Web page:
FTC Boosts Generics, Bloodies Brands
Biovail's stock plummeted recently after a sell recommendation from a highly-regarded Wall Street analyst--who's been accused of a conflict of interest for issuing it--and an FTC ruling on its alleged anti-competitive practices. The ruling, on late-listed Orange Book entries, will curtain common anti-generic strategies.
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Times may be a-changing for generics companies. Last month, Ivax won FDA approval for its generic version of Bristol-Myers Squibb's blockbuster cancer therapy Taxol.
Andrx is at the forefront of a new breed of generics companies: diversified, entrepreneurial, litigious, and competent at handling complex science. In the mid-1990s, when the last big wave of patent expirations created huge opportunities for generics, the industry responded with debilitating price wars, conniving tactics to tie up raw material supplies, and too many me-too drugs. These days are gone. Industry consolidation has weeded out weaker players, helping to stabilize pricing and increase resources, and generics companies are far more sophisticated and diversified than in the past. Andrx picked up early on trends in the industry--its founders saw a gap in generic distribution that others didn't see, and set up a generic drug distribution business to service independent pharmacies. It was among the first to realize that one way to avoid price wars would be to focus on hard-to-manufacture products using innovative technologies to avoid infringing patents. It has from its inception emphasized diversification, positioning itself as a drug delivery company that can apply its proprietary technologies to both generics and branded products. It is evolving into branded products, first by in-licensing niche, undermarketed drugs from big pharma companies, and then by developing improved versions of branded drugs that are about to go off patent. But being a drug delivery company is tough, and Andrx has yet to prove that it has both a creative enough drug delivery technology and the marketing savvy to be a success at it.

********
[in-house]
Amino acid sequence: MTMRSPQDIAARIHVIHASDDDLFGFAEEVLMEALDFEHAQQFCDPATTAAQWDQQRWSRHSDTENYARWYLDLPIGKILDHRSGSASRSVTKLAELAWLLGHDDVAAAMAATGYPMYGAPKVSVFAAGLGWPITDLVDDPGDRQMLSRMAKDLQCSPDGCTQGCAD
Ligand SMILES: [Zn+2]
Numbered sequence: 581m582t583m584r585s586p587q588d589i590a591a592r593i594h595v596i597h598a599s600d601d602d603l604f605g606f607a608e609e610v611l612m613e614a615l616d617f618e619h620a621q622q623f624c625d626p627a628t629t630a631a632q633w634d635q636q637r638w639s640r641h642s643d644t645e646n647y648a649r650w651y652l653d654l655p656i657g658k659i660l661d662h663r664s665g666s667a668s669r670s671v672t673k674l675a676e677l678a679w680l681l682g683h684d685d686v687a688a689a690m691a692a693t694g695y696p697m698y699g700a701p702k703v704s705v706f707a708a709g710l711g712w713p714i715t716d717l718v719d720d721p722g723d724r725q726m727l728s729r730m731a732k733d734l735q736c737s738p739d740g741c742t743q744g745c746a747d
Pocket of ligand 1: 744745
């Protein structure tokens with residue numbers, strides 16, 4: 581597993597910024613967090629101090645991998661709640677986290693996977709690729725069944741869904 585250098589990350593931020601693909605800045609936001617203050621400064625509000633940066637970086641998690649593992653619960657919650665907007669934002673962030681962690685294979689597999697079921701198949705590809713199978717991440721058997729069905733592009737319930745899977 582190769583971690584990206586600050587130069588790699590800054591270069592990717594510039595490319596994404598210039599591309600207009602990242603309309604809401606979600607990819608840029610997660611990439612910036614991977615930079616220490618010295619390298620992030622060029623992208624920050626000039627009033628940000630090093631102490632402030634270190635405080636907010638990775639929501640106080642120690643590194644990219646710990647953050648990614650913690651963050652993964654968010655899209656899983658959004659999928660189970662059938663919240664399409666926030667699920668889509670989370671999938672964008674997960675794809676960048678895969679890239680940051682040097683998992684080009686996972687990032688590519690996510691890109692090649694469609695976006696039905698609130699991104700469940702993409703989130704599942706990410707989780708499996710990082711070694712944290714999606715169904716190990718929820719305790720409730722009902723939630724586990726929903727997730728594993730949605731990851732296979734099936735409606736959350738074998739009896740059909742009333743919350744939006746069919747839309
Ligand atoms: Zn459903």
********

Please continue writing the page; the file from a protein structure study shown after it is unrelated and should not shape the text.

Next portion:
The escalating war between brand-name and generics companies isn't getting any easier, making it difficult to pin down patent expiration dates. Recent regulatory and legal decisions continue to muddy the field. In particular, a US District Court Judge ruled on the trigger date for 180-day exclusivity, a controversial ruling that has the generics industry up in arms.